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Extra Smooth Moves

  In an effort to provide a no compromises motion controller, one major milestone is converting the trajectory planner and motion control from constant acceleration to minimum jerk.  For simplicities sake, the original Kynetic motion controller was done as constant acceleration.  I have now completed the work to make it use the much smoother minimum jerk algorithm.
  Below is a velocity plot of a simple move that starts and ends at a stop.

Fig 1. Constant acceleration velocity profile

  This simple velocity ramp is what most consumer 3D printer firmwares use (Marlin, Repetier, Smoothieware and anything based off of Grbl).  It works reasonably well, and is easy to compute.  This is critical for low computational power microcontrollers.  The weakness in this strategy is the sharp corners seen at the start and end points of the velocity changes.  These sudden changes cause a shock in the drive system that encourage vibrations.  Vibrations in the machine have a negative impact on print quality.  This is of highest concern with machines that have long drive belts and heavy heads (think direct drive extruder in a CoreXY machine).  Shocks that cause vibrations in the belts will likely have a more pronounced surface waviness after a direction change due to the abruptness of the velocity change.
  As a side note, the above mentioned firmwares have a setting for jerk.  Their use of this terminology is borderline criminal, in my opinion.  They use this jerk setting as a way to reduce smoothness by instantly changing velocity.  This may save a miniscule amount of time, but induces more opportunities for "shocking" the drive system which does not help with improving print quality.  This setting has no relation to minimum jerk trajectory planning.  This is a "cheat" used to help compensate for the inadequate processing power of the microcontrollers being used.

Fig 2. Minimum jerk velocity profile

  In fig 2 above you can see the velocity profile of Kynetic's new minimum jerk trajectory planner.  Notice the smooth velocity transitions.  These S-shaped velocity curves minimize shocks to the system and reduce vibrations.  This can all be done with no loss of time by increasing the acceleration in the middle of each transition to compensate for the "easing" into and out of the velocity ramp.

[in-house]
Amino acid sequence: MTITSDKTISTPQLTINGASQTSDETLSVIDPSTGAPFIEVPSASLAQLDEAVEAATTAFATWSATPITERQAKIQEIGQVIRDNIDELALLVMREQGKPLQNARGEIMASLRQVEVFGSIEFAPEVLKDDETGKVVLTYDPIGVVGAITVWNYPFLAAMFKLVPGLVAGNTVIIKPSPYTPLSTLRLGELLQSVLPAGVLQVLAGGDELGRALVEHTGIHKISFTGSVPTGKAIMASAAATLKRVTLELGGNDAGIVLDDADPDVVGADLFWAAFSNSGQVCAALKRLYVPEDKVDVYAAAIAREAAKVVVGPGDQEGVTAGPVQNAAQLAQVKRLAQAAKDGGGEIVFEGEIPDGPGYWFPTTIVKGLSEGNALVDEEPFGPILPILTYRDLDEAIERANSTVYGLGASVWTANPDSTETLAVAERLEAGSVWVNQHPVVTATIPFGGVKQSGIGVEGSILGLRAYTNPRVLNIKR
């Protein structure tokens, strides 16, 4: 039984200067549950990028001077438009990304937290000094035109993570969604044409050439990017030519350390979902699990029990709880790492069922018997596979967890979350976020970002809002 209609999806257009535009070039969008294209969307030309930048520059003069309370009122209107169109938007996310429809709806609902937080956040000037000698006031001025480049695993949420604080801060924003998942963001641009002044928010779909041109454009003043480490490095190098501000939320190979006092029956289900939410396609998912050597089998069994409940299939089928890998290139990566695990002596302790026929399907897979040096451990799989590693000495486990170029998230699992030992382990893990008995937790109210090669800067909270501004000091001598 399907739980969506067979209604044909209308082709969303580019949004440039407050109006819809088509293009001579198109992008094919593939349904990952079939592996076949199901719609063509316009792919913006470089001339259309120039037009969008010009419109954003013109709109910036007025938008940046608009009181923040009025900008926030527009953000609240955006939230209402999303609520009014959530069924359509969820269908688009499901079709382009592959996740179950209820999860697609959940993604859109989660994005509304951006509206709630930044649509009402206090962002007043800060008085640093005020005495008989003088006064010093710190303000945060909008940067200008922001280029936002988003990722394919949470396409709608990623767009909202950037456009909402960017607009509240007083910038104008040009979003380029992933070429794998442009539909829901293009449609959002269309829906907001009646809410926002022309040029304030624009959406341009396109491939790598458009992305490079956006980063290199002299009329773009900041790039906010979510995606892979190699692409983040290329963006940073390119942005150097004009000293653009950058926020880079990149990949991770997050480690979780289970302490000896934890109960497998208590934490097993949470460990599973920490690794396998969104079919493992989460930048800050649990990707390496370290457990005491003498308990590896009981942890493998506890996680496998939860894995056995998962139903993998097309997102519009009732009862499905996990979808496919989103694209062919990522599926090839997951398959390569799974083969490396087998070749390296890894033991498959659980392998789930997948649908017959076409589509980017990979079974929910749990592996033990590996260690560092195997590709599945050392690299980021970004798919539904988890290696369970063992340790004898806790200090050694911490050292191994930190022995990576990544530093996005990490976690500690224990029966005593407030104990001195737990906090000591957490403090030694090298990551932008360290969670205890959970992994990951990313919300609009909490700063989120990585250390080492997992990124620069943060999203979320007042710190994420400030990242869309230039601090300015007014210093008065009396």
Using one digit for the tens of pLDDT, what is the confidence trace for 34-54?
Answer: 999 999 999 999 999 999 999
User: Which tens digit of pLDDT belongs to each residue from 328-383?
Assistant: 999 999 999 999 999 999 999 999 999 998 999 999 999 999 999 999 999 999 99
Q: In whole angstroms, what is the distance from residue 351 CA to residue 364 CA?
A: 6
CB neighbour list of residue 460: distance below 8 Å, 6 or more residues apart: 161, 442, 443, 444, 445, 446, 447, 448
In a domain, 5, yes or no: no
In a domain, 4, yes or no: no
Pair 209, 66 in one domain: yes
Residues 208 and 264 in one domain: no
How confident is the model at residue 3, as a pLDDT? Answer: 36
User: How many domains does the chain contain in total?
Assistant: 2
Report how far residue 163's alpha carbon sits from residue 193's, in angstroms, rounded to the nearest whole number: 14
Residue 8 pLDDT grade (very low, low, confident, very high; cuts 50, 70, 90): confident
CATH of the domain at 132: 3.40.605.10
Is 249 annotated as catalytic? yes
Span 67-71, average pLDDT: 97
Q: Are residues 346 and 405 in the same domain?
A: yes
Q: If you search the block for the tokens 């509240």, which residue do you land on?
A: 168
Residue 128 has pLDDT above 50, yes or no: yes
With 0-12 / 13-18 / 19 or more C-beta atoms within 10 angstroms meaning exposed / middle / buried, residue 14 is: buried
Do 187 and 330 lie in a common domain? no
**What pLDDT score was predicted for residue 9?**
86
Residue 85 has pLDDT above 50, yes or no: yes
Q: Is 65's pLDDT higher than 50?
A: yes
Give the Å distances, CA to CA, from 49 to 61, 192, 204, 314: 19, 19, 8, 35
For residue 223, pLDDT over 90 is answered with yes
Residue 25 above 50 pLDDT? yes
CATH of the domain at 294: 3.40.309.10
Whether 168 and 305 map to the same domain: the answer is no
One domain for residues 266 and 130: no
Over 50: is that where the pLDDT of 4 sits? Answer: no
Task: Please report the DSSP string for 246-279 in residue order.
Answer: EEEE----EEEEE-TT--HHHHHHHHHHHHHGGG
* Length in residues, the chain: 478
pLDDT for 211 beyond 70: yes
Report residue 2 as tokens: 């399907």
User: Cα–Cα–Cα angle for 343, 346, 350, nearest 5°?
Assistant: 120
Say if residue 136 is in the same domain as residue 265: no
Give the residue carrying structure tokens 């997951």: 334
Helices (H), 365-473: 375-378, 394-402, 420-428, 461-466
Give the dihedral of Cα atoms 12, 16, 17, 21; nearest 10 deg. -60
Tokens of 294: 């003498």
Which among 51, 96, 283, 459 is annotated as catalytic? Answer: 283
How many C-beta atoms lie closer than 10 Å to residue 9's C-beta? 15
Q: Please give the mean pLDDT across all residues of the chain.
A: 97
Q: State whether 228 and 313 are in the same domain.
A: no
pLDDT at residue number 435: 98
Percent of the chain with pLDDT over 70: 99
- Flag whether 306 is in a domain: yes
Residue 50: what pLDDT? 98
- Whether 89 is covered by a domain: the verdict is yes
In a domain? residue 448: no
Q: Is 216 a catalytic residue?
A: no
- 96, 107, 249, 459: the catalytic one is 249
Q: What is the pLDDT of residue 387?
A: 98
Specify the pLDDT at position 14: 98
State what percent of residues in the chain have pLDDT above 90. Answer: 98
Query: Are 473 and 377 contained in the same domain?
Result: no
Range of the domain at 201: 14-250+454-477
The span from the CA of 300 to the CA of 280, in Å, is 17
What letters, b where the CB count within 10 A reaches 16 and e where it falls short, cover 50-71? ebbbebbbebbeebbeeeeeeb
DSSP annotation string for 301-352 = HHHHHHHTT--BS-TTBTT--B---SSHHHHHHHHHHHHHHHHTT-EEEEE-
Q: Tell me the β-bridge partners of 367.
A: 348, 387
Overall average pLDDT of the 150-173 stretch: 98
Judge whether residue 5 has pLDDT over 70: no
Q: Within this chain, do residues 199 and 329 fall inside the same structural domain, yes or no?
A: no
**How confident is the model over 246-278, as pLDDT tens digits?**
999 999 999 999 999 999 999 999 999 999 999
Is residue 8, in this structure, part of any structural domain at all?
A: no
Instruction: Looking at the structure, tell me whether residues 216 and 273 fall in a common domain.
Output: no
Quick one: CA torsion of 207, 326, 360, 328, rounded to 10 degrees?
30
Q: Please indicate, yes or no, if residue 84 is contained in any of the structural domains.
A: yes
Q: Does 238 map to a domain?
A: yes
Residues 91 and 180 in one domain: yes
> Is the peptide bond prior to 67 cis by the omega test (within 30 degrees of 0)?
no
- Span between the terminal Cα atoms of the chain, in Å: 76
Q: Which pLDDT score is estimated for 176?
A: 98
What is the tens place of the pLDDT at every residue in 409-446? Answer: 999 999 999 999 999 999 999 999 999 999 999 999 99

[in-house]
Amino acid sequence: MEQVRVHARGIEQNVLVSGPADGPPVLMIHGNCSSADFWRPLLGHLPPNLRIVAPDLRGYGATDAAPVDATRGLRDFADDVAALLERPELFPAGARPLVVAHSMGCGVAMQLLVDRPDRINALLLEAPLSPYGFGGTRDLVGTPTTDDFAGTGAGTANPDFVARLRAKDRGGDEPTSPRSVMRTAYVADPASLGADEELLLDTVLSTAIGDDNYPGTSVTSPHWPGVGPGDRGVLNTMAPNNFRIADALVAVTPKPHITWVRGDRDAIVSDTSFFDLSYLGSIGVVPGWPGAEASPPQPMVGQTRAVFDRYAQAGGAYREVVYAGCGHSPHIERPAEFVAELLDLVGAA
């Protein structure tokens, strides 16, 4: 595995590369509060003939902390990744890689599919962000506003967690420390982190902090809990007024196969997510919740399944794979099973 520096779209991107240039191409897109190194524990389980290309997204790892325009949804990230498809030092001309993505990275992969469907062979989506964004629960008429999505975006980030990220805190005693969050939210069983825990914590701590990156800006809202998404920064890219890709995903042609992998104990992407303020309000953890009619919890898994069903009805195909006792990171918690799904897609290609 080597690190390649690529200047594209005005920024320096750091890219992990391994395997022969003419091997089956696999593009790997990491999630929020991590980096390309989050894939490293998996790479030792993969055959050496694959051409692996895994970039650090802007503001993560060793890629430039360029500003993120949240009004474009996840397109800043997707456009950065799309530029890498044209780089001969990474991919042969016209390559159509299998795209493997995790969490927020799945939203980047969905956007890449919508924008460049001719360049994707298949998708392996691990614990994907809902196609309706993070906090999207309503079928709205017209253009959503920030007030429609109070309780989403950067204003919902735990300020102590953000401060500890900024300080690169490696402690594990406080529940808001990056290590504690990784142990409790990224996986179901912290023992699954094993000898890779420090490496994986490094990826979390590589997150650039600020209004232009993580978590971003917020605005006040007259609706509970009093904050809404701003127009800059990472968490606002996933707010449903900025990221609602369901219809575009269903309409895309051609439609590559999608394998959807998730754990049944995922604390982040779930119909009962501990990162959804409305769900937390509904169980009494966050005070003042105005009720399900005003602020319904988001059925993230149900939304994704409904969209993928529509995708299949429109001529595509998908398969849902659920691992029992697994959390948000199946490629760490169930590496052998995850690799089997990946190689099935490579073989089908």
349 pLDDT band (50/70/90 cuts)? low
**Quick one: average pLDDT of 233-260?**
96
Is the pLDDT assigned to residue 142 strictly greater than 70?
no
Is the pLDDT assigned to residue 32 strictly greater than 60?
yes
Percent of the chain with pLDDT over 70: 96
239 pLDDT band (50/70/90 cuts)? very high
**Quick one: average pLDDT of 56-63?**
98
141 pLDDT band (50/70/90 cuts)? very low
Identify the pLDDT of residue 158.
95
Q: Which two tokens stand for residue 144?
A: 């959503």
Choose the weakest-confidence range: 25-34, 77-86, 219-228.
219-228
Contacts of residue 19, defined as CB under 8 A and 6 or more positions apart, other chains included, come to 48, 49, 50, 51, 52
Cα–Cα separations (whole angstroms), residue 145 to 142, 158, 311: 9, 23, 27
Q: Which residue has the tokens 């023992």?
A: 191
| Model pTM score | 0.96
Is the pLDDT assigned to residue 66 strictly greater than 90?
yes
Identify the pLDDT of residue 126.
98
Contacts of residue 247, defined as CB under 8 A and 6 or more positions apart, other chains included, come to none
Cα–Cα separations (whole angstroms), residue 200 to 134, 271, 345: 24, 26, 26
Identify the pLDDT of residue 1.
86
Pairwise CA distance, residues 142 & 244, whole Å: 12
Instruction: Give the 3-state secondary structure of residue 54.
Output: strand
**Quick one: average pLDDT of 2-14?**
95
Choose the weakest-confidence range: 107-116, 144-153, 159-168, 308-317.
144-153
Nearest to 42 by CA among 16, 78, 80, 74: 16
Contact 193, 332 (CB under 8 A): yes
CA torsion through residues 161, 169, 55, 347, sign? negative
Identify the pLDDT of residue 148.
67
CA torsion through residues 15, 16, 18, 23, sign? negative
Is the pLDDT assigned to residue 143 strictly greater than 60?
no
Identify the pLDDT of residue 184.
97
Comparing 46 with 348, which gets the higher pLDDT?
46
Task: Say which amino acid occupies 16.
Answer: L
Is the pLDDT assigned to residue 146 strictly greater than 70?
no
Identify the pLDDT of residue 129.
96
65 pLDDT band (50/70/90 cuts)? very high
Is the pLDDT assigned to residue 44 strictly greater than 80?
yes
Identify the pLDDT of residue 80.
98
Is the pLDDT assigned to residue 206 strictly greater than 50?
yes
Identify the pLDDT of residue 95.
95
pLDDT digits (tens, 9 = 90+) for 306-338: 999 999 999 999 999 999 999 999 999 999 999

Fig 3. Both velocity profiles

  Overlaying both velocity curves in fig 3 shows the contrast between the two.  Kynetic smoothly changes velocity without any abrupt shocks or acceleration discontinuities.

  Please let me know what you think and if you have any questions.  If you are interested in this project, please follow by clicking on the "Subscribe" link at the top or using the "Follow by Email" option on the sidebar.




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  5. Smoothness of the Velocity path should be applied according to the belt "spring" action and the mass that it is moving. Any spring mass pair has a self frequency of oscillation independent of any shape of applied force curve. This oscillation will be dumped by any "shock absorber" that is connected to the spring mass pair. In 3D printers there are not any shock absorbers, except the belt internal friction, bearing friction and aerodynamic forces on moving parts. All these are two small to stop fast any oscillation that will be generated, as a shock absorber does in a car. This is the cause that we see artifacts in our prints. And it is obvious that as we lower the acceleration, the applied forces are also lower and the oscillation amplitude will be smaller.
    Making a simulation on the constant acceleration curve using Gates data for the belt and the Prusa i3 MK3S+ belt length and head mass, I found that the self oscillation frequency is about 100 Hz. So using the "typical" speed of 100 mm/s, the peaks of oscillation should be shown at every 1 mm. But the "quality" print setup has lower the external perimeter speed to 25 mm/s, so practically this oscillation is not visible. Probably this is an answer to my "question" why they lower so much the external perimeter speed.
    Then I tried to found the proper acceleration slope that could eliminate totally the oscillation. Making some calculations, I found that the acceleration must be linearly increased to the desired value within the time of oscillation period (for the above example in 10 msec). And reaching the desired speed, we must reduce linearly the acceleration within one period of self oscillation frequency, (Meaning the acceleration curve is like that of speed from zero to the end during acceleration, and the same in negative direction during deceleration). Keeping that acceleration slope "function", there is not any ringing at any speed / acceleration combination.
    My future project is to build a big 3D printer (600 mm cube printing volume). So I am going to use an accelerometer on the print head in order to measure that frequency in X and Y axis in order to eliminate any ringing in any speed. But it has to be designed so both axis have similar frequencies, in order to have similar acceleration slopes. And that means it can't be a CoreXY system, but it must have a much more stiff belt in Y axis ...


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